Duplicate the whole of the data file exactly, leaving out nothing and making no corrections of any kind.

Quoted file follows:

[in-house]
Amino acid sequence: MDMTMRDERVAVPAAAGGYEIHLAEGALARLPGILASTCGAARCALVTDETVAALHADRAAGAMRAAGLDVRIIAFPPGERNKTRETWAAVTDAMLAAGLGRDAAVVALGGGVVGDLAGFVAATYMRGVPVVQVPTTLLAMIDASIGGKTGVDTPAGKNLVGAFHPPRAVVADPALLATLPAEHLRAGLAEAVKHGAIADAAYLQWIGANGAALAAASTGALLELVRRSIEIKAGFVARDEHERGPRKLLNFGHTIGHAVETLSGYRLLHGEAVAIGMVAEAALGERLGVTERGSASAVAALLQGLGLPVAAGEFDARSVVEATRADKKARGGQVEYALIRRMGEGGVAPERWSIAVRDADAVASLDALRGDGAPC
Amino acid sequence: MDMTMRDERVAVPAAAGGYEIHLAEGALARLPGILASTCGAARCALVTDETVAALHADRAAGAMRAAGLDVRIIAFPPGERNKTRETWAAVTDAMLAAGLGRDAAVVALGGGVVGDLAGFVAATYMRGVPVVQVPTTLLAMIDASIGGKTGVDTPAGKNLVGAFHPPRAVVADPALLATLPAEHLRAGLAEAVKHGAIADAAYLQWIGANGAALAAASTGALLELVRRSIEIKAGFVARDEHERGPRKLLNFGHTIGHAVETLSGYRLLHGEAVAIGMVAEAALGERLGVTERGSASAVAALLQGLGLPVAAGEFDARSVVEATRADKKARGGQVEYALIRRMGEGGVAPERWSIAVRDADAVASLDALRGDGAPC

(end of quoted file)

[in-house]
Amino acid sequence: MDMTMRDERVAVPAAAGGYEIHLAEGALARLPGILASTCGAARCALVTDETVAALHADRAAGAMRAAGLDVRIIAFPPGERNKTRETWAAVTDAMLAAGLGRDAAVVALGGGVVGDLAGFVAATYMRGVPVVQVPTTLLAMIDASIGGKTGVDTPAGKNLVGAFHPPRAVVADPALLATLPAEHLRAGLAEAVKHGAIADAAYLQWIGANGAALAAASTGALLELVRRSIEIKAGFVARDEHERGPRKLLNFGHTIGHAVETLSGYRLLHGEAVAIGMVAEAALGERLGVTERGSASAVAALLQGLGLPVAAGEFDARSVVEATRADKKARGGQVEYALIRRMGEGGVAPERWSIAVRDADAVASLDALRGDGAPC
Amino acid sequence: MDMTMRDERVAVPAAAGGYEIHLAEGALARLPGILASTCGAARCALVTDETVAALHADRAAGAMRAAGLDVRIIAFPPGERNKTRETWAAVTDAMLAAGLGRDAAVVALGGGVVGDLAGFVAATYMRGVPVVQVPTTLLAMIDASIGGKTGVDTPAGKNLVGAFHPPRAVVADPALLATLPAEHLRAGLAEAVKHGAIADAAYLQWIGANGAALAAASTGALLELVRRSIEIKAGFVARDEHERGPRKLLNFGHTIGHAVETLSGYRLLHGEAVAIGMVAEAALGERLGVTERGSASAVAALLQGLGLPVAAGEFDARSVVEATRADKKARGGQVEYALIRRMGEGGVAPERWSIAVRDADAVASLDALRGDGAPC